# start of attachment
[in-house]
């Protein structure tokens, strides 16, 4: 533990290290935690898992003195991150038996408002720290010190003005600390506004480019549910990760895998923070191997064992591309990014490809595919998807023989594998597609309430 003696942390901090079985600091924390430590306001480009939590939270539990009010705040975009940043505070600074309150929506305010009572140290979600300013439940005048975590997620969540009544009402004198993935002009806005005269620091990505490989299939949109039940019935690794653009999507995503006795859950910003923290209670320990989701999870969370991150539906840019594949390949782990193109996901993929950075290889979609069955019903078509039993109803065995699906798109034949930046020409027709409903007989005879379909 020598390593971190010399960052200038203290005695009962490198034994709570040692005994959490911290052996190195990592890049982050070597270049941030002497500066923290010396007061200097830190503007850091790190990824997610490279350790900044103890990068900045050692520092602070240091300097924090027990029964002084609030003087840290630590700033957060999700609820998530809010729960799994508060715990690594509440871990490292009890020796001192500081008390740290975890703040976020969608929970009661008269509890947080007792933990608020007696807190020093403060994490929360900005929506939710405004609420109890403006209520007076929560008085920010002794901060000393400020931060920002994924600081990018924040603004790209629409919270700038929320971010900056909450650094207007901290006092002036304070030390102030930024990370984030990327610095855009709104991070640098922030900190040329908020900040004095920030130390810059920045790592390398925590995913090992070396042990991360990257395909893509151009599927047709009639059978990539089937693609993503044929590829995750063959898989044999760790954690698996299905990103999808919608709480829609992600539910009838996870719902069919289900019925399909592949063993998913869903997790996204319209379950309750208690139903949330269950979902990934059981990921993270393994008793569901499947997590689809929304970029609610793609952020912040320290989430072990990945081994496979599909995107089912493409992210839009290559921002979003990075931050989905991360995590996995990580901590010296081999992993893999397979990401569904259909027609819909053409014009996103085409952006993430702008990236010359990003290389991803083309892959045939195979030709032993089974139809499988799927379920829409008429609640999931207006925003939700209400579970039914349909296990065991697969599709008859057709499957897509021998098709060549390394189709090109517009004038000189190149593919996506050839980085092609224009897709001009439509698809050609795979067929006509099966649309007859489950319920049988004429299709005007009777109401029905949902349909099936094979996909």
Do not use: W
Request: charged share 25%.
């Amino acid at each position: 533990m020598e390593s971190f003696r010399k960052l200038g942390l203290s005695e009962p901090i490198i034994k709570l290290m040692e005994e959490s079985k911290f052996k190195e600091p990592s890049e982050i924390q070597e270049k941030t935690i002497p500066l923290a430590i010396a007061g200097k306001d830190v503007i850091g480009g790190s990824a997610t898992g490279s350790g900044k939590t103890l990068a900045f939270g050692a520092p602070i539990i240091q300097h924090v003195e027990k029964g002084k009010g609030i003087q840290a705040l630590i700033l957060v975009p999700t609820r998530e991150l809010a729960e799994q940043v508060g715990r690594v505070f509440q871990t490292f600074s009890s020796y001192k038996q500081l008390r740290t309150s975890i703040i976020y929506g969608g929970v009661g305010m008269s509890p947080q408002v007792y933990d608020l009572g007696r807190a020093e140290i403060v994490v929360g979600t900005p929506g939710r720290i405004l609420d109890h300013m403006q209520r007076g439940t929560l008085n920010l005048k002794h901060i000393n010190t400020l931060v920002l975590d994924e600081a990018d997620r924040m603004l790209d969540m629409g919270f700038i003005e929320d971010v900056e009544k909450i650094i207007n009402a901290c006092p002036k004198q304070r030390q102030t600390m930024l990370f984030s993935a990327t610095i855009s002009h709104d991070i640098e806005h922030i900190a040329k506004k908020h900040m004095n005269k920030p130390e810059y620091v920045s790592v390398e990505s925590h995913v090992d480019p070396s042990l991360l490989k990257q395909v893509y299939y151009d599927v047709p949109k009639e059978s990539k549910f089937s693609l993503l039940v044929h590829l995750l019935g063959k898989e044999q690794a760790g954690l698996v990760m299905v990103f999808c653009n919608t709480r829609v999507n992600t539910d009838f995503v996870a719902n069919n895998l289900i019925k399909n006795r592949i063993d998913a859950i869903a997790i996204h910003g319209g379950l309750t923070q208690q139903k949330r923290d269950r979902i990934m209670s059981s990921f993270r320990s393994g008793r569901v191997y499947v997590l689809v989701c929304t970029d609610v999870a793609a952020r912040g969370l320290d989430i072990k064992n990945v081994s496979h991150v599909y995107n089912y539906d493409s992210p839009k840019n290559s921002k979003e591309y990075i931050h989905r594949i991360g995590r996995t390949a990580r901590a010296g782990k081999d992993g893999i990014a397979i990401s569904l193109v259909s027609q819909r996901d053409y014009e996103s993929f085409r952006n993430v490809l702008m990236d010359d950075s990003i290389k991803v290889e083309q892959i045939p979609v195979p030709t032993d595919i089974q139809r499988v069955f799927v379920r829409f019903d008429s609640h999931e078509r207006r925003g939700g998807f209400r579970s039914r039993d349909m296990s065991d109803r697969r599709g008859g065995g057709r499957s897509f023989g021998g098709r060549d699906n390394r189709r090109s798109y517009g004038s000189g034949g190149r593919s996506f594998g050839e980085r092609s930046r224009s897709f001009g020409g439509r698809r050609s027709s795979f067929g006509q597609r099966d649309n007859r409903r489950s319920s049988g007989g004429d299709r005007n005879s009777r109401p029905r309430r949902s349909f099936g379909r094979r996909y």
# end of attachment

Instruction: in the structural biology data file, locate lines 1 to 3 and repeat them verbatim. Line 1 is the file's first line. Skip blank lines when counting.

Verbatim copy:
[in-house]
């Protein structure tokens, strides 16, 4: 533990290290935690898992003195991150038996408002720290010190003005600390506004480019549910990760895998923070191997064992591309990014490809595919998807023989594998597609309430 003696942390901090079985600091924390430590306001480009939590939270539990009010705040975009940043505070600074309150929506305010009572140290979600300013439940005048975590997620969540009544009402004198993935002009806005005269620091990505490989299939949109039940019935690794653009999507995503006795859950910003923290209670320990989701999870969370991150539906840019594949390949782990193109996901993929950075290889979609069955019903078509039993109803065995699906798109034949930046020409027709409903007989005879379909 020598390593971190010399960052200038203290005695009962490198034994709570040692005994959490911290052996190195990592890049982050070597270049941030002497500066923290010396007061200097830190503007850091790190990824997610490279350790900044103890990068900045050692520092602070240091300097924090027990029964002084609030003087840290630590700033957060999700609820998530809010729960799994508060715990690594509440871990490292009890020796001192500081008390740290975890703040976020969608929970009661008269509890947080007792933990608020007696807190020093403060994490929360900005929506939710405004609420109890403006209520007076929560008085920010002794901060000393400020931060920002994924600081990018924040603004790209629409919270700038929320971010900056909450650094207007901290006092002036304070030390102030930024990370984030990327610095855009709104991070640098922030900190040329908020900040004095920030130390810059920045790592390398925590995913090992070396042990991360990257395909893509151009599927047709009639059978990539089937693609993503044929590829995750063959898989044999760790954690698996299905990103999808919608709480829609992600539910009838996870719902069919289900019925399909592949063993998913869903997790996204319209379950309750208690139903949330269950979902990934059981990921993270393994008793569901499947997590689809929304970029609610793609952020912040320290989430072990990945081994496979599909995107089912493409992210839009290559921002979003990075931050989905991360995590996995990580901590010296081999992993893999397979990401569904259909027609819909053409014009996103085409952006993430702008990236010359990003290389991803083309892959045939195979030709032993089974139809499988799927379920829409008429609640999931207006925003939700209400579970039914349909296990065991697969599709008859057709499957897509021998098709060549390394189709090109517009004038000189190149593919996506050839980085092609224009897709001009439509698809050609795979067929006509099966649309007859489950319920049988004429299709005007009777109401029905949902349909099936094979996909």
Do not use: W